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Ear piercings are supposed to fun way to show off your personal style. Your ears are obviously adjacent to your face, so they are one of the most impactful jewelry styles to wear.  At their best, earrings frame your face and pull your outfit together, at their worst, earrings cause painful reactions that make you want to rip your earlobes off.
   
If you are an earring wearer and have noticed that your piercing is causing you pain but you can't figure out why, we're here to help you diagnose the problem.
   
There are basically three reasons why your earring hole might be causing you pain. Keep reading to delve into each potential reason:
   

1. New Piercing

I define a new piercing as a piercing you have received within the last year. Although the common belief is that it takes 6-8 weeks for a ear lobe piercing to heal, in reality it can take much longer. Additionally, every time you change out your earrings during the first few months, it can delay your healing time. 
   
A new piercing will obviously be painful initially due to the fact that it is an open flesh wound. You are introducing trauma to the site by sticking a needle through your ear lobe, so that will cause pain. For the first few weeks or months, you may have swelling and redness around your earring hole simply from the initial trauma of the piercing.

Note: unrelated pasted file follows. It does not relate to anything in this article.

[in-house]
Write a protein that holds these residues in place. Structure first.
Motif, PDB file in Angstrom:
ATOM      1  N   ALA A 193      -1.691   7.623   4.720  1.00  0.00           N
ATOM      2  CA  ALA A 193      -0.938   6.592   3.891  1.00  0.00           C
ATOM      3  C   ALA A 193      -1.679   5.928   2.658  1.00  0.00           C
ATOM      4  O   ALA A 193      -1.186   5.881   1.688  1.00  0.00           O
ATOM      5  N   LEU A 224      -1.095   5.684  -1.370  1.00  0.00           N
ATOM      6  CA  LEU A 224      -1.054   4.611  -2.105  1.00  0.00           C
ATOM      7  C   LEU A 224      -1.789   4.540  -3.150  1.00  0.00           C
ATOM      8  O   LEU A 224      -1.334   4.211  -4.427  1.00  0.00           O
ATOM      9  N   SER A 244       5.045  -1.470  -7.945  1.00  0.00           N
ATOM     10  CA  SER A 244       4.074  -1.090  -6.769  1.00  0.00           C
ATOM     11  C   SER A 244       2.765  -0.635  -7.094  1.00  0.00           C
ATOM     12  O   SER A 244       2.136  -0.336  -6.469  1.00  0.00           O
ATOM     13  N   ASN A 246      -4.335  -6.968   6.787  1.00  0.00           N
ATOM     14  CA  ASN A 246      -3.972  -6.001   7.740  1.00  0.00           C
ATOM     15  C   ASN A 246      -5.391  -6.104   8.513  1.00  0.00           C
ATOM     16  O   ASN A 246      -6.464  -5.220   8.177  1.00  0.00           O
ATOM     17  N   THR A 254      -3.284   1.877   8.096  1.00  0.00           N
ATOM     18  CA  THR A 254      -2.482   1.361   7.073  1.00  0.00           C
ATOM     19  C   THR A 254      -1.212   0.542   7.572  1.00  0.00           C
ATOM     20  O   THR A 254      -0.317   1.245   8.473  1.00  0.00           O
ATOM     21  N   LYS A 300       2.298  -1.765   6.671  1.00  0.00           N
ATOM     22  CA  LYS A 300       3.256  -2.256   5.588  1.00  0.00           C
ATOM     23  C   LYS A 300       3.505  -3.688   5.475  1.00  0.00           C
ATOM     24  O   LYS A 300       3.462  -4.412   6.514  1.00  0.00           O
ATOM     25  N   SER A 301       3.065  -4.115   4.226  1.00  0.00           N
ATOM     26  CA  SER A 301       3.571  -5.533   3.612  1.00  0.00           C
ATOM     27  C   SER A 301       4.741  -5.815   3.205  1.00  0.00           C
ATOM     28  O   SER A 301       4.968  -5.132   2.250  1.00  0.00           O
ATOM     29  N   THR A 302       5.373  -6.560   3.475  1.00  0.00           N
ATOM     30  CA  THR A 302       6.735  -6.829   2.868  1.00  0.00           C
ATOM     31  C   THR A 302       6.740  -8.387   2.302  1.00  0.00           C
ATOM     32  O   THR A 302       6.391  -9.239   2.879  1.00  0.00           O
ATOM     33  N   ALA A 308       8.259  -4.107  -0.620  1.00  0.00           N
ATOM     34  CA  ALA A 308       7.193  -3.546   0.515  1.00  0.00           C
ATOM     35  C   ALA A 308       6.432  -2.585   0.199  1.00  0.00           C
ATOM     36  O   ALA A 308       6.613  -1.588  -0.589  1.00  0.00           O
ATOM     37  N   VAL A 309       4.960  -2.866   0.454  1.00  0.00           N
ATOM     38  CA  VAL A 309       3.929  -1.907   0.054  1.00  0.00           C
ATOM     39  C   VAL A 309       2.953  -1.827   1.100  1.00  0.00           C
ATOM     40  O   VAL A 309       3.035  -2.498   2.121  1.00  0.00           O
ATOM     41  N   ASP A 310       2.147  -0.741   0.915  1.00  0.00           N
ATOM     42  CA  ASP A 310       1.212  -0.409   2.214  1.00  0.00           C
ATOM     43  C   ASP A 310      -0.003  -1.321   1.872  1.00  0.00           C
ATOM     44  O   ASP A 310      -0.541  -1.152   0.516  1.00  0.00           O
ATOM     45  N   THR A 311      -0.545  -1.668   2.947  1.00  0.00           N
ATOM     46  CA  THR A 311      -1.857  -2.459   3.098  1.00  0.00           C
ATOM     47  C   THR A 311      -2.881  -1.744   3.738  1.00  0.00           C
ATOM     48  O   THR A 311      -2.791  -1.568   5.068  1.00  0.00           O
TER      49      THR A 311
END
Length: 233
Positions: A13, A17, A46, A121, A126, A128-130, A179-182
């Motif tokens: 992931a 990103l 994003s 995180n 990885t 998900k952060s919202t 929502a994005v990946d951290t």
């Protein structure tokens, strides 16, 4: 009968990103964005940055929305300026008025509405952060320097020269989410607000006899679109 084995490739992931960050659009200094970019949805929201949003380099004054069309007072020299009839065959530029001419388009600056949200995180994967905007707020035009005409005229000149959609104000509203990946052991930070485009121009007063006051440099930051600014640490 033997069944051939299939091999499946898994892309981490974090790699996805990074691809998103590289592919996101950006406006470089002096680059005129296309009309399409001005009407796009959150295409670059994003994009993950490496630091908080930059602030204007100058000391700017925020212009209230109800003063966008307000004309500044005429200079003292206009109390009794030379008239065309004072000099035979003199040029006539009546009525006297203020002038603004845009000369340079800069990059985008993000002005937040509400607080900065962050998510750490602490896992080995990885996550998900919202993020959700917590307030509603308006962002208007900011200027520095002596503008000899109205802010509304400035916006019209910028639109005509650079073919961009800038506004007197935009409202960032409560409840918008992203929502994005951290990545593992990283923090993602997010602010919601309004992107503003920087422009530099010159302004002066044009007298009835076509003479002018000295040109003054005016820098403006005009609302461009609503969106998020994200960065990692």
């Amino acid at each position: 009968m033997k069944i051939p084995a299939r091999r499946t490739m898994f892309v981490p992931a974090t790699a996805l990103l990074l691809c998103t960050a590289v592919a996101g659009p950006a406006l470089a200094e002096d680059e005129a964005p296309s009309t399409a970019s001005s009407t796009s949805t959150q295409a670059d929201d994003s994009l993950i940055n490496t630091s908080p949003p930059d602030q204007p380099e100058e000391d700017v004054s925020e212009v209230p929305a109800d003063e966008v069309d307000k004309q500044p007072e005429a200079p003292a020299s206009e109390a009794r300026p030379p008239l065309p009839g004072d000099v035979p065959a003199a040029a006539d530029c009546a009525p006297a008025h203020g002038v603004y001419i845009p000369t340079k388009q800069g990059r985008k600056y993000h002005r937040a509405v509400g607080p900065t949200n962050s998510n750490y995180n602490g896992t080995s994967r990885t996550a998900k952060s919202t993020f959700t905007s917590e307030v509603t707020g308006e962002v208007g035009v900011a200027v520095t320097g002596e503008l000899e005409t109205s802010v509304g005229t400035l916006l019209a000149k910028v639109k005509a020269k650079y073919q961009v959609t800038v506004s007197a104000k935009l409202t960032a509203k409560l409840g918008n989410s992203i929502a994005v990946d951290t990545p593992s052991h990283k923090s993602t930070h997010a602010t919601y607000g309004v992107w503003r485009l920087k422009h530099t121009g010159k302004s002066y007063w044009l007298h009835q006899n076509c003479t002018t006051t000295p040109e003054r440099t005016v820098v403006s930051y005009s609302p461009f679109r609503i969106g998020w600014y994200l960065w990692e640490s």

After the initial swelling and pain has gone down, your piercings may look like they are healed from the outside. The problem is, inside your ear piercing site, the skin is much thinner and more delicate. It can easily be damaged and is most likely not fully healed yet. Every time your earring moves or is changed, that delicate skin can be damaged again causing the pain to come back.
    
Additionally, if you haven't worn earrings in a while and try to force in a pair of earrings, there can be damage to the tissue surrounding the ear piercing. This can cause some redness, scabbing, and pain.  It's best to use some Vaseline, Aquaphor, or similar lubrication to help ease the earring into the ear piercing hole.
   
This pain can typically be treated by properly caring for your ear piercings and being patient while your ear piercings heal.
   

2. Metal Allergy

Metal allergies are contact allergies that develop over time when the body is in contact with an offending substance. Often people think they just have sensitive ears, when in fact they have an allergy to the metals in most earrings. The symptoms of an allergy to earrings include swelling, redness, tenderness, itching and bleeding. These symptoms occur while the earrings are being worn, and they go away when the earrings are taken out.  Depending on the level of allergy, the symptoms can occur within a few minutes of wearing earrings or worsen over a few hours.
  
In general, if the pain in the piercing hole is not worsening over time while wearing earrings, the cause is probably not an allergy. If it does worsen over the course of time (minutes, hours) and goes away when you remove your earrings, then you most likely have a metal allergy.
    
This pain can be avoided by choosing earrings made with pure, non-reactive metals like titanium.
    

3. Infection

   Infections can usually be distinguished from normal healing symptoms or metal allergies if they are accompanied by fever, chills, or an upset stomach. Those symptoms are unique to an infection. Other infection symptoms include extreme redness, red streaks, fluid discharge, pus, tenderness, pain, and tears or lacerations. The only way to be sure is to see a doctor. If your piercing is indeed infected then the doctor should prescribe you antibiotics. 

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